Feb 14, 2012

Subsets, Star Card Questing, and Pack Opening

What I'm about to say isn't shocking, unique, or about 2012 Topps (except tangentially).  A good card for a collector can come in a variety of flavors:
a) the high dollar, extremely rare, can you believe that? card
b) a rare card of a favorite player
c) a card of a favorite player or team
d) a card that adds to a niche collection
e) a card of a star that you don't hate viscerally
f)a card that leaves you smiling

As I was ripping through a jumbo box of 2012 Topps (there's that word combination again), the sheer enormity of the pack made it almost impossible to gauge what a "good" pack would be.  Fifty cards covers a lot of range in the disappointment to elation face changes over the course of sorting through the pack. 

As a collecting tool and set completion means to an end, the jumbo packs are great.  But if you want to measure them on the scale of collecting enjoyment as a stand alone entity, they're tough to judge.    Each are fairly similar in their construction...bunch of base cards, slew of inserts, flood of base cards with some variation here and there.  There's very little of the hope of much of those categories of what makes a good pack.  For me, it would be an insert or parallel of my favorite team.  Even finding base cards were a shrug-worthy event because in most jumbo boxes, you'll run into the all the base cards at one time or another. 

Before the world of inserts, it took some imagination to get star players into multiple cards in a release.  For awhile, there were the standard all-star cards, which were soon joined by the league leader cards (1967 version shown below)

The league leader cards sometimes even felt like they were set apart for star players; I don't recall any other cards with black borders in the 1967 set.  And with some exceptions, league leader cards did feature star players.  The presentation of the 60s and 70s versions of this subset, was all about the posed shots or head shots and usually complemented the player's principal card well.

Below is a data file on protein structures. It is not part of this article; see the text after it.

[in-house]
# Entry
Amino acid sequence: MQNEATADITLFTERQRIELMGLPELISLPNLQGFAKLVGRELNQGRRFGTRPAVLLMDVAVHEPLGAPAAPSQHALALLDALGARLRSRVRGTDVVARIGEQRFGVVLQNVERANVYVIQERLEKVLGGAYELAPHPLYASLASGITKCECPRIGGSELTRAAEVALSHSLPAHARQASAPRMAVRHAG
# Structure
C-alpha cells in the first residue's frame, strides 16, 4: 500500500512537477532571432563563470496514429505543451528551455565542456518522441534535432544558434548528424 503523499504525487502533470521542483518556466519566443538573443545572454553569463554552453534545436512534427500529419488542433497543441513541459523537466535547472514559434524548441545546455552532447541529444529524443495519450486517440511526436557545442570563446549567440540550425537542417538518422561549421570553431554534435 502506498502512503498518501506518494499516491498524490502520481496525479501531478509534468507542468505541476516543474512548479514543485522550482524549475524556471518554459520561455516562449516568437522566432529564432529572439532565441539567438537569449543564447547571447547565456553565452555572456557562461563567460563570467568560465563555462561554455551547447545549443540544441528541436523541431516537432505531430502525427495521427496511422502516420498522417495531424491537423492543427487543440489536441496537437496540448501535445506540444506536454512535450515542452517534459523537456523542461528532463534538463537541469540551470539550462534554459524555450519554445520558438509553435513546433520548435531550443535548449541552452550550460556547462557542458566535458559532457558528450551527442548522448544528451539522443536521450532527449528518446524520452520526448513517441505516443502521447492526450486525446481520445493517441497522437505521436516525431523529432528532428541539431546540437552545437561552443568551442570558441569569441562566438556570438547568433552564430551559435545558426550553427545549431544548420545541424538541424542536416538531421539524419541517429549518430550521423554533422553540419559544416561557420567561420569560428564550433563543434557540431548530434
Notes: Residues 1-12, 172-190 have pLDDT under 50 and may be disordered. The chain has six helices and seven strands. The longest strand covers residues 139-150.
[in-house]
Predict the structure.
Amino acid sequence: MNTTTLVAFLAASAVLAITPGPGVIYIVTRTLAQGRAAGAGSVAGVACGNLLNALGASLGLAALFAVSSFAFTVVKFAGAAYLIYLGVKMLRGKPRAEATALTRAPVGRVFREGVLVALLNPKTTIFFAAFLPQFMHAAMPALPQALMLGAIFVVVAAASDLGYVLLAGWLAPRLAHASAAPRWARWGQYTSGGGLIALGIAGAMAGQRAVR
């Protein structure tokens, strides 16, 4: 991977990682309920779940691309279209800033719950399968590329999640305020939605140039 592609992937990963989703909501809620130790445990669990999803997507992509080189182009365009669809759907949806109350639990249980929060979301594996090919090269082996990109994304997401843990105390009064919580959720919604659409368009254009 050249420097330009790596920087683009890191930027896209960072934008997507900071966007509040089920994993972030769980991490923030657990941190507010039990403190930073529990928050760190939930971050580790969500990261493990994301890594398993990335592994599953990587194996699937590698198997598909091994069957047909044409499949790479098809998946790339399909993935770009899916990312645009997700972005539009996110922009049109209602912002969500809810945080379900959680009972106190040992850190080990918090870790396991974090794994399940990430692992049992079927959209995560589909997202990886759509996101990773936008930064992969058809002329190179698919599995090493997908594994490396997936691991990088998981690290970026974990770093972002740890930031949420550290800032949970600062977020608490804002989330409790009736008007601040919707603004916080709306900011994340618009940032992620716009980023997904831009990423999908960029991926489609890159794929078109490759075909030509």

There have been other subsets over the years, with this MVP retrospective from 1975 Topps one of the best.  The card within a card concept does work, and it even fooled me as a kid as being real old cards with the Turn Back the Clock cards from 86-90.  MVPs were generally stars and added an extra element to the star player pursuer or the collector defining a good pack just opened.

The problem with modern collectible sets is not the limitation of star cards or the lack of elements that would make a good pack. It's almost the overproliferation of them.  I never thought I would be unexcited to see a Roberto Clemente card or Mickey Mantle card (that's not actually true, I still get excited, but some are definitely not).  Of course, this is a reflection of the times, collectors want every pack to have the odds in their favor to have a potentially positive experience; who wouldn't after all?  And I can see the reason, packs are not cheap, you get a collector to buy a few where there's a positive in nearly every pack, then they're likely to purchase a few more later down the line.

Contrast this approach to 2001 or 2002 (the beginning of the ultra modern collecting era) where there was an insert maybe one in every 4 packs if you were lucky for Topps.  A relic was one in every 3-5 boxes and an auto had even steeper odds.  It was real luck to pull something amazing, and there was even a small amount of luck to pulling out a pack win on the positive experience side. 

For the base set at least, Topps has tipped the scales in the nouveau collector's favor because if every pack has something to offer, there should always be another pack waiting to be opened.  For mid-end sets, this is even more pronounced.  Check out the refractor distribution in Topps Chrome over the years or look at the insert mini distribution differences in Allen and Ginter from 2008 to 2011. 

The question is have we reached a saturation point of how much positivity we can handle?  When all the elements are in nearly every pack or box, what allows a set or a concept to rise above the others?  Does this lead to more uniformity of collectors' expectations?  If we don't experience the valleys of opening disappointment (not based on perceived and intrinsic value such as in high-end), can we enjoy the peaks as much?

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